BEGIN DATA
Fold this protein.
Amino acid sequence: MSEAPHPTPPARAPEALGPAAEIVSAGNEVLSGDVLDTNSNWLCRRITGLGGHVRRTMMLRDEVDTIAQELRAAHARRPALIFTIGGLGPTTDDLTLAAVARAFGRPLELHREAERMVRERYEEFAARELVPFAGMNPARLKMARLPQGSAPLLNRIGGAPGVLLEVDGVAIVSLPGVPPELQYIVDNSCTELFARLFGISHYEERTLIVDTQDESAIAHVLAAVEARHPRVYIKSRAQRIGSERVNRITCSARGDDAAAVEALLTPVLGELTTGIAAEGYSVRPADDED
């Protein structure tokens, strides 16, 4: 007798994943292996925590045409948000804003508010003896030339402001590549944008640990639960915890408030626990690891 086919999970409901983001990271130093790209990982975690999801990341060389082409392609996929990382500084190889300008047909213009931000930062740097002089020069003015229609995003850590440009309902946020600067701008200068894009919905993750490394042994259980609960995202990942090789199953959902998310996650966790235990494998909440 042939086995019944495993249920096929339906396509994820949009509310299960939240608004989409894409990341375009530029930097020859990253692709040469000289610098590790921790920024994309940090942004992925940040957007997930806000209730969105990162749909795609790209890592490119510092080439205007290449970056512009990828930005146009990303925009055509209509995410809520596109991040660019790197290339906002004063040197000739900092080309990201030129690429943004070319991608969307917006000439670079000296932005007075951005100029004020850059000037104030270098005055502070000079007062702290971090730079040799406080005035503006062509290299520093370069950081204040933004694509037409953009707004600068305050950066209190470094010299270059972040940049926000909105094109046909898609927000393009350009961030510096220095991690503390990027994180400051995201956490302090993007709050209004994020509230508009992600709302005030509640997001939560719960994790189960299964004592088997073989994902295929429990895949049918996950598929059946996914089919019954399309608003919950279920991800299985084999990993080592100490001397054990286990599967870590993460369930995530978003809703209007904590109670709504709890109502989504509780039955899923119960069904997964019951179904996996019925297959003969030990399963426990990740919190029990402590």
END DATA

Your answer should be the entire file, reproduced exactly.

Fold this protein.
Amino acid sequence: MSEAPHPTPPARAPEALGPAAEIVSAGNEVLSGDVLDTNSNWLCRRITGLGGHVRRTMMLRDEVDTIAQELRAAHARRPALIFTIGGLGPTTDDLTLAAVARAFGRPLELHREAERMVRERYEEFAARELVPFAGMNPARLKMARLPQGSAPLLNRIGGAPGVLLEVDGVAIVSLPGVPPELQYIVDNSCTELFARLFGISHYEERTLIVDTQDESAIAHVLAAVEARHPRVYIKSRAQRIGSERVNRITCSARGDDAAAVEALLTPVLGELTTGIAAEGYSVRPADDED
């Protein structure tokens, strides 16, 4: 007798994943292996925590045409948000804003508010003896030339402001590549944008640990639960915890408030626990690891 086919999970409901983001990271130093790209990982975690999801990341060389082409392609996929990382500084190889300008047909213009931000930062740097002089020069003015229609995003850590440009309902946020600067701008200068894009919905993750490394042994259980609960995202990942090789199953959902998310996650966790235990494998909440 042939086995019944495993249920096929339906396509994820949009509310299960939240608004989409894409990341375009530029930097020859990253692709040469000289610098590790921790920024994309940090942004992925940040957007997930806000209730969105990162749909795609790209890592490119510092080439205007290449970056512009990828930005146009990303925009055509209509995410809520596109991040660019790197290339906002004063040197000739900092080309990201030129690429943004070319991608969307917006000439670079000296932005007075951005100029004020850059000037104030270098005055502070000079007062702290971090730079040799406080005035503006062509290299520093370069950081204040933004694509037409953009707004600068305050950066209190470094010299270059972040940049926000909105094109046909898609927000393009350009961030510096220095991690503390990027994180400051995201956490302090993007709050209004994020509230508009992600709302005030509640997001939560719960994790189960299964004592088997073989994902295929429990895949049918996950598929059946996914089919019954399309608003919950279920991800299985084999990993080592100490001397054990286990599967870590993460369930995530978003809703209007904590109670709504709890109502989504509780039955899923119960069904997964019951179904996996019925297959003969030990399963426990990740919190029990402590």